10 Facts That You Didn't Know About Maha Kavi Laxmi Prasad Devkota

In the galaxy of Nepalese literature, no star shines as bright as Mahakavi Laxmi Prasad Devkota.

The title Mahakavi, which simply means ‘The Great Poet’, sufficiently explains his stature in the Nepalese poetry. Apart from being a gifted poet, he was an equally formidable contributor in prose. His works, voluminous yet brilliant, offer the ultimate expression of humanity in the Nepali language. His fame and legacy is not only celebrated in Nepal, but in places as distant as Russia, where his works are still read and rejoiced.

An enigmatic figure, Devkota has an air of mystique attached to him. We have all read and heard how, once, on seeing a beggar, Devkota gave him the coat he was wearing. We have all heard how he wrote poems in cigarette straps. Devkota had the ability to write poems very quickly, he wrote the Shakuntal in three months, the Sulochana epic in 10 days and Kunjini in a single night. Nepali poetry soared to new heights with Devkota's groundbreaking poetry. "Muna-Madan," a long narrative poem in popular folk metre, begins the end of the Sanskrit tradition in Nepali literature. "पागल" (translated in English as "The Lunatic") is another of his ground-breaking works.

Apart from these, here are the Ten more Facts about the Great Poet which you might not know.
1. Devkota used to be so focused while writing that he sometimes did not notice rolling his poems to a cigarette or blowing his nose with them.
2. A fervent gambler, Devkota was also a keen harmonium player and spent whole nights playing harmonium.
3. Devkota was not poor, but was childishly impractical. Whenever he had money, he searched for numerous ways to spend it. One day he would have a lot of money, and the next day he would sleep hungry. A reason for his profligacy could lie in the fact that his wife Man Devi spent a good deal of money in religious activities, which a humanist such as Devkota obviously detested. Thus, he spent the money as far as he could and brought very little money home.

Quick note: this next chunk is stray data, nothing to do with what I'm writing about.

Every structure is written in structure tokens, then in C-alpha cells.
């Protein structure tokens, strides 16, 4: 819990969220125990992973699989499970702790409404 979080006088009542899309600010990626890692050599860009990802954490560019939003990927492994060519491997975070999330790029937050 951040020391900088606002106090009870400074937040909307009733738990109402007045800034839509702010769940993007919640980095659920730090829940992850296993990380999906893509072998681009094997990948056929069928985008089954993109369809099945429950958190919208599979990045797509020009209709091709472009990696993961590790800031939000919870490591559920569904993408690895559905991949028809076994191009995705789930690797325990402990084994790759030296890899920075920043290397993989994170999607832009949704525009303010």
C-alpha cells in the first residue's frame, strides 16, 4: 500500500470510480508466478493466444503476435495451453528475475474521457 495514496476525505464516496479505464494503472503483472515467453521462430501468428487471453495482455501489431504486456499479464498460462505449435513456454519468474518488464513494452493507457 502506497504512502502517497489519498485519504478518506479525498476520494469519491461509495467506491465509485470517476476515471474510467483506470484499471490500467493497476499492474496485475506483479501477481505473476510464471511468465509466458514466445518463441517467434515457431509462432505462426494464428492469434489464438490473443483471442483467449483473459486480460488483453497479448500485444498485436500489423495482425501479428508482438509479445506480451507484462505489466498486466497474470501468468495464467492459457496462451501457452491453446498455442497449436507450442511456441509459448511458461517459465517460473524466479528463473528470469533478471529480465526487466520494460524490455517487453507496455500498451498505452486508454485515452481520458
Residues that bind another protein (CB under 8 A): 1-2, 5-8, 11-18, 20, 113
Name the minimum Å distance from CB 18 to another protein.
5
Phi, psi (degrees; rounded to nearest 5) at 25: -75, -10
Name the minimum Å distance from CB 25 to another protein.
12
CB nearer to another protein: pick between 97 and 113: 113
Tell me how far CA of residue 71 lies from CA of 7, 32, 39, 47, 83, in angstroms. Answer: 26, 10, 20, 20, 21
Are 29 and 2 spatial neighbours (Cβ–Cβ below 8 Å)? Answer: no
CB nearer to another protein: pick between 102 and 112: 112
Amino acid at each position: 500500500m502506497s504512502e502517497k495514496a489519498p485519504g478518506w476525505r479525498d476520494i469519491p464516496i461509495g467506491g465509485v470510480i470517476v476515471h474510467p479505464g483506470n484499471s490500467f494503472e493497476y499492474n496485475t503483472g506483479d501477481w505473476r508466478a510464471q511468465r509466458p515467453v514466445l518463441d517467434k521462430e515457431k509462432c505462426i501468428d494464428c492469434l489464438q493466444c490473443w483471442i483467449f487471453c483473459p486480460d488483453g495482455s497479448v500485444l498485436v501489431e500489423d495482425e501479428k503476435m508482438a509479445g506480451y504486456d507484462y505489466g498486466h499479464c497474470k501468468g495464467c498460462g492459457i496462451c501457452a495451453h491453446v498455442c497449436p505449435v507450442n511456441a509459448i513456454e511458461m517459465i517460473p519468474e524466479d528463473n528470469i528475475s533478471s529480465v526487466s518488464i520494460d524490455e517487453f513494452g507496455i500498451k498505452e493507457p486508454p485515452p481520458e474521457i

4. In 1953, when he visited Romania, Devkota brought his blanket, mattress and pillow from home and carried it all the time. Naturally, many people there were amazed and curious to see the sight of Devkota carrying his beddings.
5. At the age of sixteen, he got married with Man devi Chalise.
6. Many called the Poet a lunatic when he wrote, “What aim to take, but to fly and touch the moon?” Coincidentally, he died in the same day the first aircraft to land on the moon, the Soviet Luna-9, reached the moon.
7. Brilliant in his studies, Devkota was, at once, promoted from Class Eight to Ten in Durbar High School.
8. While being treated for his supposed ‘insanity’ in Ranchi, Dr. Owen Berkeley-Hill said, ‘It is a geographical mistake that a talent such as Devkota is born in Nepal. He is not mad, but those of you who are trying to label him insane are mad.’
9. Devkota was denied the prestigious Madan Puraskar. Actually, it was feared that Queen Jagadamba—the benefactor of Madan Puraskar—would grant him a generous patronage in addition to Madan Puraskar if she were to know about him and his works. Considerable plots were weaved to keep him out of the Queen’s knowledge.
10. Devkota seldom acted on his own plans and never made important decisions himself. A gullible fellow, Devkota suffered the consequences of his credulity throughout his life.

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